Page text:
As far as we can tell, secrecy itself seems the current target.

Senate Majority Leader Chuck Schumer has legislation with Marco Rubio, R-Fla., and Mike Rounds, R-S. Dak., to create a commission with authority to declassify government documents about extraterrestrial matters. It is a proposed amendment to the national defense bill.  

The backers say they are as interested in rejecting conspiracy theories that surround UFO discussions as clearing the air about hiding startling discoveries. House Republicans included a similar directive in its version of the bill.

OK, maybe that forces the Pentagon to cough up more records of sightings more often.

Then what?

This Congress – like those before it — can’t even agree on moving intelligently towards renewable energy sources over reliance on fossil fuels that seem to be ruining the planet. This is the House Republican caucus that is promising to cancel investments in space that it insisted on a couple of years ago.

This is a Congress that can’t address national immigration or health care or the need to invest even in building computer chips.

Is this the body that is going to devise whether we offer a welcome mat or a clenched fist to those capable of interstellar travel?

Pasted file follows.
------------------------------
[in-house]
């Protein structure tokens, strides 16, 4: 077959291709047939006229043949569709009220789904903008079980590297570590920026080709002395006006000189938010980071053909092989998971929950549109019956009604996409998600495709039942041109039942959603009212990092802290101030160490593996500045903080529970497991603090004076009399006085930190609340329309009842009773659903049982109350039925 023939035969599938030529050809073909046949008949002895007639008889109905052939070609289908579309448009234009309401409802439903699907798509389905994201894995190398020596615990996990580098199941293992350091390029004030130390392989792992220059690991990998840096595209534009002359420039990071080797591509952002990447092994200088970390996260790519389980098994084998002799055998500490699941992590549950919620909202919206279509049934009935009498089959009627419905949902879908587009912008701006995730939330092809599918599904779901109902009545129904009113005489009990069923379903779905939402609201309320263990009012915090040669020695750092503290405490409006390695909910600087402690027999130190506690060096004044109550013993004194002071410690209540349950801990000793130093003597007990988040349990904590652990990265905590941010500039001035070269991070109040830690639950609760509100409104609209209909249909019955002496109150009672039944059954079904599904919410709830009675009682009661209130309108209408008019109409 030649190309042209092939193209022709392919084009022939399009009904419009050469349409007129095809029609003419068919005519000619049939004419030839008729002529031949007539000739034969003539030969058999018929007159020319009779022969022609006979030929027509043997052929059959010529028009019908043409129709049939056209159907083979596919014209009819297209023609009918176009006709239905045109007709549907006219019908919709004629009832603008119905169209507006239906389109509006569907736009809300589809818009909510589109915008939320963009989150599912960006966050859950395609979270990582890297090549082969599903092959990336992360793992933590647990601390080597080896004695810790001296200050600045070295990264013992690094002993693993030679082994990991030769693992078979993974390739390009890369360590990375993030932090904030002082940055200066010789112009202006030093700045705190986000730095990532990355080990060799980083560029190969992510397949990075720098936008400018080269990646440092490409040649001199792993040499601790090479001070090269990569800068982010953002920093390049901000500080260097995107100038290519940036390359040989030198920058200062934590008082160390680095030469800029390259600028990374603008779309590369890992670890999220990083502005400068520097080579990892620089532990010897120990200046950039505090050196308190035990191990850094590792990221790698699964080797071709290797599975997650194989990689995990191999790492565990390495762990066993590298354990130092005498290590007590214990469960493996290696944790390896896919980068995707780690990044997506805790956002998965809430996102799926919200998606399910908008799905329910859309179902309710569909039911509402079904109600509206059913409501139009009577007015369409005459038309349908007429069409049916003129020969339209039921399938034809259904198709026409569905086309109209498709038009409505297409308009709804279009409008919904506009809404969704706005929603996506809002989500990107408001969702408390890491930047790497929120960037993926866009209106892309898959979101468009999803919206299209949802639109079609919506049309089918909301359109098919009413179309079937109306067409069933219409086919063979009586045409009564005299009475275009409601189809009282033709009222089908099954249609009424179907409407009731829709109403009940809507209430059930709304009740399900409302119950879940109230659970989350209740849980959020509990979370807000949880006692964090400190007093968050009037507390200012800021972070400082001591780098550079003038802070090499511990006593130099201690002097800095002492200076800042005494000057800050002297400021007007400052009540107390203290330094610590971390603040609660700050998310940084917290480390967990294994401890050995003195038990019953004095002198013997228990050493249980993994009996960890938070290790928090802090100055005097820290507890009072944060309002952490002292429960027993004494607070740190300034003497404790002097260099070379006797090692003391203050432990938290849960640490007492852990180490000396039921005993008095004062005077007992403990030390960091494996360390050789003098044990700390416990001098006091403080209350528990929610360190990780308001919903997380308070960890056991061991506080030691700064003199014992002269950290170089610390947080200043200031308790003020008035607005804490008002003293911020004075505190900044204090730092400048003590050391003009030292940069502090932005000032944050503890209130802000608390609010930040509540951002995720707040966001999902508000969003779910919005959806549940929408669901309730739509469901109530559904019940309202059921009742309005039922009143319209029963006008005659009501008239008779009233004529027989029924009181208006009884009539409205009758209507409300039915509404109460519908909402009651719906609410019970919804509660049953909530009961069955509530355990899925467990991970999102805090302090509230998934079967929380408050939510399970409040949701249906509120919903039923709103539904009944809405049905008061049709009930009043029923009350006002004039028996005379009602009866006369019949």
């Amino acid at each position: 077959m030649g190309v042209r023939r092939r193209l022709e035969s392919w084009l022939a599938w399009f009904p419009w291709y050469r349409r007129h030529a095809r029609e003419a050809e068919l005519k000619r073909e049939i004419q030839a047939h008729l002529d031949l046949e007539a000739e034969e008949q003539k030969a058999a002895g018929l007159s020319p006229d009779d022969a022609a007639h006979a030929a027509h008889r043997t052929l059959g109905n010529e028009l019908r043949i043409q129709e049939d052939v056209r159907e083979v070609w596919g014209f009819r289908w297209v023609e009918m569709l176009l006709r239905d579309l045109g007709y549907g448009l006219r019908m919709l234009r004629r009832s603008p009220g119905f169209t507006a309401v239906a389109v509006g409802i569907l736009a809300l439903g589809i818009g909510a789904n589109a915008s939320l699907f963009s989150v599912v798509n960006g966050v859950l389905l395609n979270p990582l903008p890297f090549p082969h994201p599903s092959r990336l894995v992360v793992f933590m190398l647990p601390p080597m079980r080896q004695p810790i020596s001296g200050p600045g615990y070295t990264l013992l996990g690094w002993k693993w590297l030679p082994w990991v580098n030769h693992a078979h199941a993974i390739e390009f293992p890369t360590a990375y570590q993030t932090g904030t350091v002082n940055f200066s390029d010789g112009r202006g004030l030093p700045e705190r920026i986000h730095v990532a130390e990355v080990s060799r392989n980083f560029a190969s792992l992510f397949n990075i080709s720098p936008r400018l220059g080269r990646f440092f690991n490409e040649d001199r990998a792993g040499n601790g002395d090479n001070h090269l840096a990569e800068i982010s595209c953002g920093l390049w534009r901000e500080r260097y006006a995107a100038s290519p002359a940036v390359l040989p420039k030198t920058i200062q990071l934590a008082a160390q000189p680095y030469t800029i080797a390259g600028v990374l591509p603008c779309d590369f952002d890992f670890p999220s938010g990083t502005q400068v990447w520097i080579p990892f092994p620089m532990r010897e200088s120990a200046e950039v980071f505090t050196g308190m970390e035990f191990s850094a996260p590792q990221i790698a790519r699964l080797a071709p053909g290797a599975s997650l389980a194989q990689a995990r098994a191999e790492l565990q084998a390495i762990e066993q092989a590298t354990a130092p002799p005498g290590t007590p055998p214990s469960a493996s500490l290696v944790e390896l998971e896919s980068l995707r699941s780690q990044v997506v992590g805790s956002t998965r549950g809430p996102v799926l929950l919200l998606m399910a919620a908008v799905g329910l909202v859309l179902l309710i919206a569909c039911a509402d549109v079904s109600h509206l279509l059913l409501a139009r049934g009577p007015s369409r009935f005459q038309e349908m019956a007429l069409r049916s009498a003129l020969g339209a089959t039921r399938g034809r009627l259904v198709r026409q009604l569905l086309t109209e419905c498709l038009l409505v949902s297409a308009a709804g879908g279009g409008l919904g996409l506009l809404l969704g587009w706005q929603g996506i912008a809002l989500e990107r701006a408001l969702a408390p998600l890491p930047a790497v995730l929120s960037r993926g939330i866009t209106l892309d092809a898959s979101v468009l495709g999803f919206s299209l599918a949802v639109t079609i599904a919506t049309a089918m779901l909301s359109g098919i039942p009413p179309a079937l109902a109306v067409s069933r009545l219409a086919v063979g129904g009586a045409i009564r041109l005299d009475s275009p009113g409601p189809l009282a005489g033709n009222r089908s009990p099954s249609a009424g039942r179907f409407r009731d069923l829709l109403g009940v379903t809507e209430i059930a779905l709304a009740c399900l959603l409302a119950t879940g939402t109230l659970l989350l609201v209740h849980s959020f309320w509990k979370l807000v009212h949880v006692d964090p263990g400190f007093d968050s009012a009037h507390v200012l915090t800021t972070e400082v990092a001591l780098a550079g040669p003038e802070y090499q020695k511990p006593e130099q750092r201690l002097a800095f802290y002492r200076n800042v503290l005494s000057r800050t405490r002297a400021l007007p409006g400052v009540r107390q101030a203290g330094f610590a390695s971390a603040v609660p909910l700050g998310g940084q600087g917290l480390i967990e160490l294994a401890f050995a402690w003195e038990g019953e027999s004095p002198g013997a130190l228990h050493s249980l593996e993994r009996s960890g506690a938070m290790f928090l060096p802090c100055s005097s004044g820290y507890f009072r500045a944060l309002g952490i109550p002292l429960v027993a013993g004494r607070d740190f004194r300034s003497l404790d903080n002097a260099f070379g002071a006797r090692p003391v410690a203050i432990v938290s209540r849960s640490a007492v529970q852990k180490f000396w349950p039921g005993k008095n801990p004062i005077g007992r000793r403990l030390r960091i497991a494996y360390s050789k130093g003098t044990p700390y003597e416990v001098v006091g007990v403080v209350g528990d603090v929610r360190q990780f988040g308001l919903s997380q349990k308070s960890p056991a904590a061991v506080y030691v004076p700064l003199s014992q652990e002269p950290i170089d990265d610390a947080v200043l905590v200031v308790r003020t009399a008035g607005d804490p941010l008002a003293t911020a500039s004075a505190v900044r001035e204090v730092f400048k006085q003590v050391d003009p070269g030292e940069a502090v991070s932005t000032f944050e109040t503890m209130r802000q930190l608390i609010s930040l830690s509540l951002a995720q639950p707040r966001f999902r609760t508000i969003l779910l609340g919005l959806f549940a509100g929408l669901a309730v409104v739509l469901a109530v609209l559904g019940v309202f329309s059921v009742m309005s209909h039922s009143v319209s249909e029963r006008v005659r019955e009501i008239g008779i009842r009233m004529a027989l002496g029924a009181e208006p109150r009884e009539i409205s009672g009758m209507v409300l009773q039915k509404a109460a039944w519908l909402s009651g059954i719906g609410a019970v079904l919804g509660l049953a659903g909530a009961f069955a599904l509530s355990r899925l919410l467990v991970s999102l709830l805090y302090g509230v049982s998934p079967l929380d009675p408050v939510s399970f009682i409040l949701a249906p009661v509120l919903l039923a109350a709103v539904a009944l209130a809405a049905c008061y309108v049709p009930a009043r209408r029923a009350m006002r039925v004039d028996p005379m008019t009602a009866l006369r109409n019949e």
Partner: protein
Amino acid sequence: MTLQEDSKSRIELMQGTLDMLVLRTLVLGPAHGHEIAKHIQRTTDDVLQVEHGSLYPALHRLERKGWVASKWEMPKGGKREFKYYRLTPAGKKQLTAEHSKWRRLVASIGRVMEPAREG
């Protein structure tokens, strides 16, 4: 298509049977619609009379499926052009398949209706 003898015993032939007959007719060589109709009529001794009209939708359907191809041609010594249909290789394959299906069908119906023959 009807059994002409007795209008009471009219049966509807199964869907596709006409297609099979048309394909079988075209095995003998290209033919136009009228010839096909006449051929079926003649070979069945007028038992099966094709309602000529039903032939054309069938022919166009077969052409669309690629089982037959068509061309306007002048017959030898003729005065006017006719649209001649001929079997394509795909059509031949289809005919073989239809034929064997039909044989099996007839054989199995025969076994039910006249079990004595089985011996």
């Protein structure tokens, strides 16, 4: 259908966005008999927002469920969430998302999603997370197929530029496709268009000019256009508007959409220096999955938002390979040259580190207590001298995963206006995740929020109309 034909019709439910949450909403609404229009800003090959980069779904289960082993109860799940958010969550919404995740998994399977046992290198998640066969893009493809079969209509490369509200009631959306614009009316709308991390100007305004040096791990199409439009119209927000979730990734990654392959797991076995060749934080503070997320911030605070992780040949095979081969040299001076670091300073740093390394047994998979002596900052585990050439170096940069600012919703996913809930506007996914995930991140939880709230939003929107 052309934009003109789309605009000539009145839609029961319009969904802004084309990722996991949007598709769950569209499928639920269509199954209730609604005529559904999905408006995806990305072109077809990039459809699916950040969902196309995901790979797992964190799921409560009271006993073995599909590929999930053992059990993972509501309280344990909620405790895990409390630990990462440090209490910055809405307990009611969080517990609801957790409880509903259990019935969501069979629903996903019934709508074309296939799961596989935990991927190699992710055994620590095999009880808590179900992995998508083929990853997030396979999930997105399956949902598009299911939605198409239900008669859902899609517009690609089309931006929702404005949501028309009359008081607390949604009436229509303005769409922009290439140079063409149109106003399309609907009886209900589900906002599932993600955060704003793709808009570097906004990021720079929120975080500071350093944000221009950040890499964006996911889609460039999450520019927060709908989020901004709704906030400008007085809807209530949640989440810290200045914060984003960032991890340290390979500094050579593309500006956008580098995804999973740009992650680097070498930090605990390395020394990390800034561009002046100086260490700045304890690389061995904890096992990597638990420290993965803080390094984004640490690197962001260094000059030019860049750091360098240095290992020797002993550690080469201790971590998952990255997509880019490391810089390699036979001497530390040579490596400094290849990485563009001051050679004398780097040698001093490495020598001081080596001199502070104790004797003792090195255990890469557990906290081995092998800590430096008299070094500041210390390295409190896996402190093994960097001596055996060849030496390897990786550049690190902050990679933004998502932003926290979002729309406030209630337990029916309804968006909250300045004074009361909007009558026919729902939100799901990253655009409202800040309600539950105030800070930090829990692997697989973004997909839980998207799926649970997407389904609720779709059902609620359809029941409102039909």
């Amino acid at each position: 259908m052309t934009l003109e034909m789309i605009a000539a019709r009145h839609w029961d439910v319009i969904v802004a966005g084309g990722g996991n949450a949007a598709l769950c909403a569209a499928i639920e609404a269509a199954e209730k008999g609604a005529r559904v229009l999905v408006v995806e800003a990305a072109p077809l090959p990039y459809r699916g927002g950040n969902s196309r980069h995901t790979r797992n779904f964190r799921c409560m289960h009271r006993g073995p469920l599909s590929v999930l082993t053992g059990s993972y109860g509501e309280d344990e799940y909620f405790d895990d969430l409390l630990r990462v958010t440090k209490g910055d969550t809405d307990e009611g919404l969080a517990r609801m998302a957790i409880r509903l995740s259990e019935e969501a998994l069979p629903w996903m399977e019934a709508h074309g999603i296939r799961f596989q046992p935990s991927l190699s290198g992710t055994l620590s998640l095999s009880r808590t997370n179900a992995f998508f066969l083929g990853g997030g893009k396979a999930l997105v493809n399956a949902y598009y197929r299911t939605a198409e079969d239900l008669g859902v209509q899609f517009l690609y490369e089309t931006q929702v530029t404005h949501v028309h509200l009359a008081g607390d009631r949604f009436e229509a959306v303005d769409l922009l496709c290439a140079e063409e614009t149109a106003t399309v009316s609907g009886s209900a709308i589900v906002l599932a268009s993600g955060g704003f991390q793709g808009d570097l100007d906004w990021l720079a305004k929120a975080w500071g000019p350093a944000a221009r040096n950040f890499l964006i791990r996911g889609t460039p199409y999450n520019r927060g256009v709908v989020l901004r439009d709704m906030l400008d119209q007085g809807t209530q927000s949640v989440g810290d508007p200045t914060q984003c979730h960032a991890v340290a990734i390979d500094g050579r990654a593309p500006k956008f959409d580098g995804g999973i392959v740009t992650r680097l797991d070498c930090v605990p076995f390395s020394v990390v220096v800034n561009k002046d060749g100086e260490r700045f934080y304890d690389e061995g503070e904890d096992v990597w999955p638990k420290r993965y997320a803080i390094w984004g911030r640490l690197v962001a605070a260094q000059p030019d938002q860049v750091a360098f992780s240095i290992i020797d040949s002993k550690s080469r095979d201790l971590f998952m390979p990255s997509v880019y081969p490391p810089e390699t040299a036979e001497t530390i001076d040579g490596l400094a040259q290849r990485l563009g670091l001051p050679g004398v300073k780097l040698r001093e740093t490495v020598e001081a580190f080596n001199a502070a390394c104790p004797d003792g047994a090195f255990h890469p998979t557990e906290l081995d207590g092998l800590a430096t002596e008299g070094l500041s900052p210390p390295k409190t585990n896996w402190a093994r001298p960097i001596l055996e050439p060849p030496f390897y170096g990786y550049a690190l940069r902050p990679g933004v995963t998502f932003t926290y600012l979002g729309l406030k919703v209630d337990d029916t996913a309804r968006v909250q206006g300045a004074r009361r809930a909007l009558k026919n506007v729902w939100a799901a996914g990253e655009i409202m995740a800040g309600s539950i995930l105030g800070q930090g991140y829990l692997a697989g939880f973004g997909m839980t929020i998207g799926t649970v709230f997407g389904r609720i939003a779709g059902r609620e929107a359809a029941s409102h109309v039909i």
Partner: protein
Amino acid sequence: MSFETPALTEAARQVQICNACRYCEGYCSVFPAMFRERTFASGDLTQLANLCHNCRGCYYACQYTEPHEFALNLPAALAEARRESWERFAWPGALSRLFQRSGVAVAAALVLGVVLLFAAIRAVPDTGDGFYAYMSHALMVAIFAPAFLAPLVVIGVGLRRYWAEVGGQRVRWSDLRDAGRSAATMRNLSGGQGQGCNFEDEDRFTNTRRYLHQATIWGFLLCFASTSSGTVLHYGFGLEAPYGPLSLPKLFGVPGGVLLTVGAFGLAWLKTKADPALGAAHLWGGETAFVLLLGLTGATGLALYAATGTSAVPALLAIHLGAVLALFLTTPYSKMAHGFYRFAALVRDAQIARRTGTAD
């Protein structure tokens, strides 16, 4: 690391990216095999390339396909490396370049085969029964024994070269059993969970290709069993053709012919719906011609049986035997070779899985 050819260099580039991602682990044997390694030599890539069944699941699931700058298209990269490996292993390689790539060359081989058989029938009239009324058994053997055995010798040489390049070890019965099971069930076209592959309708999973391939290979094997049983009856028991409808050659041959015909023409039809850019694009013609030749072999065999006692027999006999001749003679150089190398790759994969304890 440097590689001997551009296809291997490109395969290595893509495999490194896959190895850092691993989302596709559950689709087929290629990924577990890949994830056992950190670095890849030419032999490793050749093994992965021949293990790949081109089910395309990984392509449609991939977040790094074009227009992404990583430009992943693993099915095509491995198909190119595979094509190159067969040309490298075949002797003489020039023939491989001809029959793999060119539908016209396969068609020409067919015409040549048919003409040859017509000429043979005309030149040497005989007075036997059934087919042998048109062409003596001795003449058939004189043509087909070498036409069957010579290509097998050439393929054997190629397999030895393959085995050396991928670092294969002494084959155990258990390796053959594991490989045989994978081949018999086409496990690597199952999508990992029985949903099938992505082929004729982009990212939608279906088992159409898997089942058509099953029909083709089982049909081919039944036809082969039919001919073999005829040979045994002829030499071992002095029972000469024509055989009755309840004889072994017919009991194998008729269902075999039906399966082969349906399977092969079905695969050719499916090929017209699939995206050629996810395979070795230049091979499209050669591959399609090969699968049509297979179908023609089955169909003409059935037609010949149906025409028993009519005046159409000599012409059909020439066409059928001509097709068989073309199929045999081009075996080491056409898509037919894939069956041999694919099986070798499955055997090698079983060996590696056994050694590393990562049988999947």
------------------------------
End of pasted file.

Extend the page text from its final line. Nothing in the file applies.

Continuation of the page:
I’m all in favor of lifting the secrecy here and I love that the Pentagon and Congress want to be serious about questions about non-human life, but one must wonder what the goal is.

Terry H. Schwadron retired as a senior editor at The New York Times, Deputy Managing Editor at The Los Angeles Times and leadership jobs at The Providence (RI) Journal-Bulletin. He was part of a Pulitzer Gold Medal team in Los Angeles, and his team part of several Pulitzers in New York. As an editor, Terry created new approaches in newsrooms, built technological tools and digital media. He pursued efforts to recruit and train minority journalists and in scholarship programs. A resident of Harlem, he volunteers in community storytelling, arts in education programs, tutoring and is an active freelance trombone player.